In South Africa, we call it apartheid. In Nazi Germany, we’d call it fascism. Here in the United States, we call it conservatism,” said Jesse Jackson years ago. There’s no evidence that he’s changed his mind. During the Florida mess he accused Bush of “Nazi tactics” and suggested that Jeb Bush was deliberately targeting Holocaust victims, “once again.”
#ad#This reveals the fundamental psychological defect of the Left today: a failure of the imagination. I’m not trying to excuse these people; but I honestly think they mean it. One of the reasons I’ve reached this conclusion is that some readers of my syndicated columns defending Ashcroft — but especially some newly arrived liberal readers of NRO — seem sincere when they call John Ashcroft a Nazi and me a Nazi or Nazi sympathizer.
Now, clearly tensions are running high over Ashcroft and the fallout over Florida. More importantly, Nazism and the Holocaust are hardly joking matters. So let me be very careful in how I talk about this.
If you honestly think John Ashcroft or elected Republicans in general are Nazis, then you are either a moron of ground-shaking proportions or you are so daft that you shouldn’t be allowed to play with grown-up scissors. And, just to be clear: To all of those people I’ve corresponded with on this topic over the last few weeks, I am talking about you. I’m also referring to those like-minded chaps who were never able to write me because they electrocuted themselves while trying to type e-mail in the bathtub. But they too were idiots.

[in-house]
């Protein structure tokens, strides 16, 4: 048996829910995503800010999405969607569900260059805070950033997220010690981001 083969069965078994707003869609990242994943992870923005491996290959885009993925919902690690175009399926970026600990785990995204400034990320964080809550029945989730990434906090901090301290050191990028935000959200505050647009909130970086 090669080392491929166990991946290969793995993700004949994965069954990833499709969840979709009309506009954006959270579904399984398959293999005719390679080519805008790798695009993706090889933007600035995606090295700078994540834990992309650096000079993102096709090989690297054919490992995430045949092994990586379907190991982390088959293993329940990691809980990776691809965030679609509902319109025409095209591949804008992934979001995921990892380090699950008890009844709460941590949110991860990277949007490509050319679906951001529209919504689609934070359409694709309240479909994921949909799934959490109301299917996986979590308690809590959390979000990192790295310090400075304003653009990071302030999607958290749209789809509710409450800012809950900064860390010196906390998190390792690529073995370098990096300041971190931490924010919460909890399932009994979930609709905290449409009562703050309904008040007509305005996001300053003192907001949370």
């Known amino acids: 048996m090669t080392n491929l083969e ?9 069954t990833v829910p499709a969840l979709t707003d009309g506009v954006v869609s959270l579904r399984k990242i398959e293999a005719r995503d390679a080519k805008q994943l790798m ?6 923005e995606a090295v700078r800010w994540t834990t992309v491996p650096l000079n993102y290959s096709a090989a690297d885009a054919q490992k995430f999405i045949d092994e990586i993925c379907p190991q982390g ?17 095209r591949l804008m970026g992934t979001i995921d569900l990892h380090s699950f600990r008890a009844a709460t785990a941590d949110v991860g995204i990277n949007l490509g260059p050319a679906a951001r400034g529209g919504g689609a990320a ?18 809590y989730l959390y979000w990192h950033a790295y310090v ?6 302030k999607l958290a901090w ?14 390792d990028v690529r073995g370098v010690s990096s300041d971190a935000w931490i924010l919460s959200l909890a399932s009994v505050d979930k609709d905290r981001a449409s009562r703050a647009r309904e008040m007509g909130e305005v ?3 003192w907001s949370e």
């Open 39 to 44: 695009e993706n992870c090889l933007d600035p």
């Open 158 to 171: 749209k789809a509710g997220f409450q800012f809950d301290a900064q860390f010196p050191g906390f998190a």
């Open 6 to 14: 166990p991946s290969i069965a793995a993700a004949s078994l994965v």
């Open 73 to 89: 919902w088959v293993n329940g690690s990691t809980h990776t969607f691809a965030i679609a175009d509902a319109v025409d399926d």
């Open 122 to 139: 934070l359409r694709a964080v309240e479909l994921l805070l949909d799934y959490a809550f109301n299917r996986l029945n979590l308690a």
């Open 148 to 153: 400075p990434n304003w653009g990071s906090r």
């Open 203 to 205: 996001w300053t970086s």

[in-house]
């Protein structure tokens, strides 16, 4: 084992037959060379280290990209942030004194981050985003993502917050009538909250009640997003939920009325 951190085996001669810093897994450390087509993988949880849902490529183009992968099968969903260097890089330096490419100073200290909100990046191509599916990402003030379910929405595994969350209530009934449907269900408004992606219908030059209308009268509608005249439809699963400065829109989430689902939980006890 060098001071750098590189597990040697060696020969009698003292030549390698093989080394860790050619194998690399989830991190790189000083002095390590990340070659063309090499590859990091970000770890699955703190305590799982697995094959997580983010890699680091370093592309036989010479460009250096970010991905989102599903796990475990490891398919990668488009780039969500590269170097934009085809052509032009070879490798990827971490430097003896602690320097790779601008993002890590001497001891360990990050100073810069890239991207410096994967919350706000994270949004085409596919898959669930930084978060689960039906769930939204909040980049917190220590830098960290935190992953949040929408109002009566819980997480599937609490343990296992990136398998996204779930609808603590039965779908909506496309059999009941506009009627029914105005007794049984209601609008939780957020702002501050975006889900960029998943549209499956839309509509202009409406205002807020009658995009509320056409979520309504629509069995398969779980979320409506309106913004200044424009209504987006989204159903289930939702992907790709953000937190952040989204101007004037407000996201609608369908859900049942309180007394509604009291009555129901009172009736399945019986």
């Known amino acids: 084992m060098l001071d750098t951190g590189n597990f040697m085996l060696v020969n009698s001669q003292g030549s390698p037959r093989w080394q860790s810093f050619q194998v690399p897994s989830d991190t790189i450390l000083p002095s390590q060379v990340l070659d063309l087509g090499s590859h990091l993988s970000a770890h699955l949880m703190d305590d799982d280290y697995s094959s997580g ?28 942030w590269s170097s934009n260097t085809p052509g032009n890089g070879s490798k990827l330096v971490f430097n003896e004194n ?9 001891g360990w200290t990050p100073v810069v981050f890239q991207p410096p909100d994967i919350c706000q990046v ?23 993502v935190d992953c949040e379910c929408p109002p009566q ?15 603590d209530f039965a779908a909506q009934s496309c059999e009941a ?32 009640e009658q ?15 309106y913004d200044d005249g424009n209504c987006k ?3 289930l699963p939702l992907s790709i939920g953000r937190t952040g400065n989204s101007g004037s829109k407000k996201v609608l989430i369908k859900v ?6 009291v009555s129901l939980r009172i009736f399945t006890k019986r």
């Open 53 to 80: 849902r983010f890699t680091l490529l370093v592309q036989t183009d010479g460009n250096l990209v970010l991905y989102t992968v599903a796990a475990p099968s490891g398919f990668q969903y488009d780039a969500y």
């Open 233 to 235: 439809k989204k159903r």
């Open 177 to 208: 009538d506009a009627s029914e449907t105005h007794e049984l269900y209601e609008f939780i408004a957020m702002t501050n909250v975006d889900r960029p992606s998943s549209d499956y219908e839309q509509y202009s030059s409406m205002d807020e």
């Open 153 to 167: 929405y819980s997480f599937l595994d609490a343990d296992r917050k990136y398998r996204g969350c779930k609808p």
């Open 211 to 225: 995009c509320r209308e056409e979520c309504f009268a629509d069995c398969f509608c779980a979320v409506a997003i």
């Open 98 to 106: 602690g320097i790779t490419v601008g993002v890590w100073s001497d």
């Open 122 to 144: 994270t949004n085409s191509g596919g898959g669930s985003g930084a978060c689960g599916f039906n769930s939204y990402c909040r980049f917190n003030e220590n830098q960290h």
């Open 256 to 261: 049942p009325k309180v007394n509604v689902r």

Why are they idiots? Because they, like the Leftist core of the Democratic party, cannot tell the difference between someone saying, “You can’t have a free car” and someone running people down with his car. They don’t understand that opposing preferential treatment for some minorities or advocating colorblindness in government programs is not the same thing as calling for the restoration of Jim Crow or slavery. They don’t understand that cutting off some entitlement is not a pogrom and that good and honest people can oppose egalitarian agendas without being fascists. And, they do not understand that something can be constitutionally permissible and morally wrong and/or illegal (though I know a few conservatives who struggle with this from time to time too).
My first major lesson in this phenomenon came when I was a researcher at the American Enterprise Institute at the time The Bell Curve came out. Murray, the coauthor of the book and an AEI scholar, was treated to a shellacking in the national press that has not been replicated since. Television networks introduced their segments by showing clips of Hitler screaming and mobs sieg-heiling at Nuremberg rallies. He was called a eugenicist and fascist in code — and in plain language — a thousand times over. His book pointed out a fact that the most entrenched liberals consider sacred scripture — that there are inequalities between the races-but he differed from orthodoxy on the causes and solutions. It is the wonder of liberal double standards that it is racist to say there are differences between the races and it is racist to say there aren’t.
Now, one may not agree with every conclusion in Murray’s book (though I guarantee that 99% of those who say Murray’s a racist, etc., haven’t the first clue as to what he actually wrote), but there’s simply nothing in there that would draw one to conclude he’s a Nazi. I know, like, and respect Murray a great deal but, sadly, he’s a soaked-to-the-bone libertarian. He believes everything from government-run garbage collecting to federal mandates requiring mattress tags are examples of the tyrannical overreach of the U.S. government. And yet Murray’s critics didn’t blink at saying he advocated herding people into camps for mass sterilizations.